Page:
Television Broadcasting Tutorial 7

PIECES TO CAMERA

A Piece to Camera (PTC), also known as a Stand-Up, is one of the most important parts of a news story. Ideally, it’s a compelling mix of well-chosen words and strong visuals from a relevant location. The best PTCs are conversational yet authoritative, leading the viewer through the essential information of a news story. It shows the reporter in the middle of the story, at the heart of the action, and a TV audience connects with this personal touch.

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Television Broadcasting Tutorial 6

ONLINE VIDEO & VIDEO BLOGGING

Every broadcast journalist today should be multi-skilled. They’re expected to blog online about their stories and record video for online platforms. But when you’re recording content for an online audience, is it different? Are there new considerations for the traditional TV broadcast journalist?

The answer is yes. But first, let’s try to understand why online content is now so important. A survey in the United States revealed that more than half its adult population use the internet to watch or download video and that news is the second most popular online genre after comedy.

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Television Broadcasting Tutorial 5

HOW TO INTERVIEW FOR TELEVISION

Interviewing for television is different to print. You are still trying to gather factual information but the demands are not the same.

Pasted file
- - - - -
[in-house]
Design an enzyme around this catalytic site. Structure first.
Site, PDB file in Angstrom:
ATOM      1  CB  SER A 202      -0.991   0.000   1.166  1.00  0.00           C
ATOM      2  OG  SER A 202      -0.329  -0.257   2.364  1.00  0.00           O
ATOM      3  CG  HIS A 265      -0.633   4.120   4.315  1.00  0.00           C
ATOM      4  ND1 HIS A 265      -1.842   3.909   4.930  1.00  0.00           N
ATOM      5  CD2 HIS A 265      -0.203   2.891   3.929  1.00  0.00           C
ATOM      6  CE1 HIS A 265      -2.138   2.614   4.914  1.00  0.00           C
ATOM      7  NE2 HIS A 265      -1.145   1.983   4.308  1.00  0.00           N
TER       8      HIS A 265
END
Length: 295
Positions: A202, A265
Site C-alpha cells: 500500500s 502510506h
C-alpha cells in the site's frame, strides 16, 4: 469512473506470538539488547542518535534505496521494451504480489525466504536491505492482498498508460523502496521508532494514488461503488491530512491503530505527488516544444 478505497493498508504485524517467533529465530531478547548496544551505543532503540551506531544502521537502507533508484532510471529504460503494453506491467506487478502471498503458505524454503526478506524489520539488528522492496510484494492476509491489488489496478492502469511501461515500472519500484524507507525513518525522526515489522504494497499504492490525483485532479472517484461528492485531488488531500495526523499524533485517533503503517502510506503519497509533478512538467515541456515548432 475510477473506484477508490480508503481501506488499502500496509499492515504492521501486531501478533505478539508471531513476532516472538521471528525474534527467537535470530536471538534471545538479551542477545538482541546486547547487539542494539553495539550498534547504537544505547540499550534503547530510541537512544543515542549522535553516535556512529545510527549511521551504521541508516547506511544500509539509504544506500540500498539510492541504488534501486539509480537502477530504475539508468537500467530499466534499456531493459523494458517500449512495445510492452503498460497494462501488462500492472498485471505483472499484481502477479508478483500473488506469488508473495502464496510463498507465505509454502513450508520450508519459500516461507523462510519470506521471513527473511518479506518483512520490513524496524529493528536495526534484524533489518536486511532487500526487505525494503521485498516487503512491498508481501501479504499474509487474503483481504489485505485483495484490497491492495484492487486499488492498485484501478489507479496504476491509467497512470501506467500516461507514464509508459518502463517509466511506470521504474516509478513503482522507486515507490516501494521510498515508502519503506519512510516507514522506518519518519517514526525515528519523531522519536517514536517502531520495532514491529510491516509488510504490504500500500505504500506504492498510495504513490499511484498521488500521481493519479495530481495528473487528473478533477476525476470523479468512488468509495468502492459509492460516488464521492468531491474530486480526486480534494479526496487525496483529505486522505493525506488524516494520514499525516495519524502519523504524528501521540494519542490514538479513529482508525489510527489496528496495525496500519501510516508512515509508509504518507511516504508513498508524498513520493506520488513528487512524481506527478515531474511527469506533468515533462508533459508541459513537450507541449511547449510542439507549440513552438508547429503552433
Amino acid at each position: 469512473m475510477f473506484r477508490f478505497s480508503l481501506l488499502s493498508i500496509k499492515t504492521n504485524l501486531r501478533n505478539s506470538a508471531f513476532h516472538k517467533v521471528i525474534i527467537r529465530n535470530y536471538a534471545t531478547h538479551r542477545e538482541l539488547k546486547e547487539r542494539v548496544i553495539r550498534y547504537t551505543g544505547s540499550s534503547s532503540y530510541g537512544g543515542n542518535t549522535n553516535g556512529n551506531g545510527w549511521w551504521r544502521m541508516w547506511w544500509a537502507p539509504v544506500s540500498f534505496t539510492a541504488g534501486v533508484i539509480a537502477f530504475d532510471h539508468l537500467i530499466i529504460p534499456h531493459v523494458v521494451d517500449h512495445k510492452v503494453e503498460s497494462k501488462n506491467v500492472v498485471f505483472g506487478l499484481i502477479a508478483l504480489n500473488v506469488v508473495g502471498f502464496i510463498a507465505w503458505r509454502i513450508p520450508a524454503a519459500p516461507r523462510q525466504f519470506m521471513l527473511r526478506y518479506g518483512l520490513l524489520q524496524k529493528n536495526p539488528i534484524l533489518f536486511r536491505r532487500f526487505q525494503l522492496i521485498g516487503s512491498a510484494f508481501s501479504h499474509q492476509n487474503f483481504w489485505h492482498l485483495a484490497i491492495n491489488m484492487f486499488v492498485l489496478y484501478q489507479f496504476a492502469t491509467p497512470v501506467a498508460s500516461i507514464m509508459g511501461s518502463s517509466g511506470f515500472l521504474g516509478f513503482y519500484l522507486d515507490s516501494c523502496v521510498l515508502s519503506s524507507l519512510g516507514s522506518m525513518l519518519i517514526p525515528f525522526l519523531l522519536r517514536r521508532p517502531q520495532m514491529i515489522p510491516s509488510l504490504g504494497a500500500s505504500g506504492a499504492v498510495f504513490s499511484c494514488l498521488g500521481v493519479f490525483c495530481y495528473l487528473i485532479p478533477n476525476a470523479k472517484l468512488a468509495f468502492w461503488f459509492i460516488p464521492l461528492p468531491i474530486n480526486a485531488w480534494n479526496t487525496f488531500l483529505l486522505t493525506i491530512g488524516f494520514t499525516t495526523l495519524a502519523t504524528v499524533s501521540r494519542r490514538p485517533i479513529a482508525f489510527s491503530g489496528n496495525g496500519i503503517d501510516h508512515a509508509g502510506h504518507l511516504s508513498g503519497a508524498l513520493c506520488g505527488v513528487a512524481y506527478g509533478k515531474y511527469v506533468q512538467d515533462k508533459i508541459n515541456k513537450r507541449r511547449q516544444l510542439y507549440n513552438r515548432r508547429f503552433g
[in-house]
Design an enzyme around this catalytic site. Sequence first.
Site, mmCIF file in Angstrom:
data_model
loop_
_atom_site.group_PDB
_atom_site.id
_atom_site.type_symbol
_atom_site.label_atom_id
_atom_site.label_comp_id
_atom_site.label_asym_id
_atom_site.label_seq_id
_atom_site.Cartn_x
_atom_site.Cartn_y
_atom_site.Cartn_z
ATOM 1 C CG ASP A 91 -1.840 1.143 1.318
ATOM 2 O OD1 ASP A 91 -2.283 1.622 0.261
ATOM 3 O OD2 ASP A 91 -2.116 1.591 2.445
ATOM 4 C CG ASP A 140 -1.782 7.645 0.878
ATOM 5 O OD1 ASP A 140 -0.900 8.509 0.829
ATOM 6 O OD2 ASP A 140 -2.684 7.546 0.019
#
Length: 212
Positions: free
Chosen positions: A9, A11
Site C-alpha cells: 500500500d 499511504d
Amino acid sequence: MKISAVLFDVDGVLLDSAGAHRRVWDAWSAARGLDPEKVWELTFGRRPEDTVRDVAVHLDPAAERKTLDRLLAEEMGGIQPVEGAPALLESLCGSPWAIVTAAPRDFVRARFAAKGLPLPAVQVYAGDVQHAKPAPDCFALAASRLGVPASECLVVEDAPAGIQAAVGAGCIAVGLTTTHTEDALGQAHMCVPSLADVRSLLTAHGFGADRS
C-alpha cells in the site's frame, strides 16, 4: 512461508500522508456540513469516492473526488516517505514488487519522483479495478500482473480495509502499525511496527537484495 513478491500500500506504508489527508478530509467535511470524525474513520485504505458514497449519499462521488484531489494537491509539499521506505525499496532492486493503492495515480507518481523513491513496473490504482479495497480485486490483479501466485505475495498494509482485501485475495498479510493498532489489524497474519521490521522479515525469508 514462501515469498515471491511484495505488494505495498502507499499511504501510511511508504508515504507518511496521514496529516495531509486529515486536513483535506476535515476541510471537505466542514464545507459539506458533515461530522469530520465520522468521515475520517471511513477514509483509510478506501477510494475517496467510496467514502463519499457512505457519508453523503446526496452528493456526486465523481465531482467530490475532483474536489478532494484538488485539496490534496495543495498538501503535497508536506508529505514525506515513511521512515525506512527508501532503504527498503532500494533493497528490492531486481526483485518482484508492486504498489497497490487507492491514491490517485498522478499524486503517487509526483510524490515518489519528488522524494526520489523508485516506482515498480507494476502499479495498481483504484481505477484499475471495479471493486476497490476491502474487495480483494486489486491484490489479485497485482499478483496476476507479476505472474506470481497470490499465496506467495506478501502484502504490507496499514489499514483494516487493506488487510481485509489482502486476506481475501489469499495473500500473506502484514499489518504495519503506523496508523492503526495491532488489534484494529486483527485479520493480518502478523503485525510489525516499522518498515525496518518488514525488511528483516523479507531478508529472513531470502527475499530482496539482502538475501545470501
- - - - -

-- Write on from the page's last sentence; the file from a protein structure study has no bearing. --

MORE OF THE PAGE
This is the view of one of our nation’s greatest TV interviewers, Michael Parkinson, in an article for the Telegraph:

“I think the real tip for interviewing is listening. And that’s the tough one. It’s easy doing a print interview, because you can be discursive, you can chat, you can ramble, and then you go back to your office and you shape it whichever way you want. It’s in your hands. You can’t do that with television, you’re stuck with what you’ve got. So you’ve got to actually think of it immediately as being a beginning, middle and an end, a story complete. That’s what you want from the person you’re talking to. But that also involves doing a lot of research, having it in your mind, but you must listen, because they might say something that you don’t expect.”

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Television Broadcasting Tutorial 4

HOW TO FILM TELEVISION SEQUENCES

Television sequences are the sentences and paragraphs of visual storytelling. Alongside a tight script, they drive a narrative, informing and entertaining the viewer. In the same way that a script complements what’s seen onscreen, so a sequence illustrates the information in a voiceover. They work in partnership and shouldn’t be created in isolation from each other.

Once a student fully grasps the powerful combination of a strong sequence and an engaging script, they’re well on the way to a successful career in television broadcasting.

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Television Broadcasting Tutorial 3

HOW TO FILM TV NEWS

RULE OF THIRDS & 180 DEGREE RULE

Now it’s time to talk about how to film for television. The basic principles of TV grammar that help you capture the images you need to tell your story.

As you will remember from Tutorial 2, the best TV news scripts complement the footage on screen. They work in partnership. And this also applies to scripts for other factual programme-making, including documentaries.

So when it comes to filming footage for your story, what are the important points to remember before going out with your camera?

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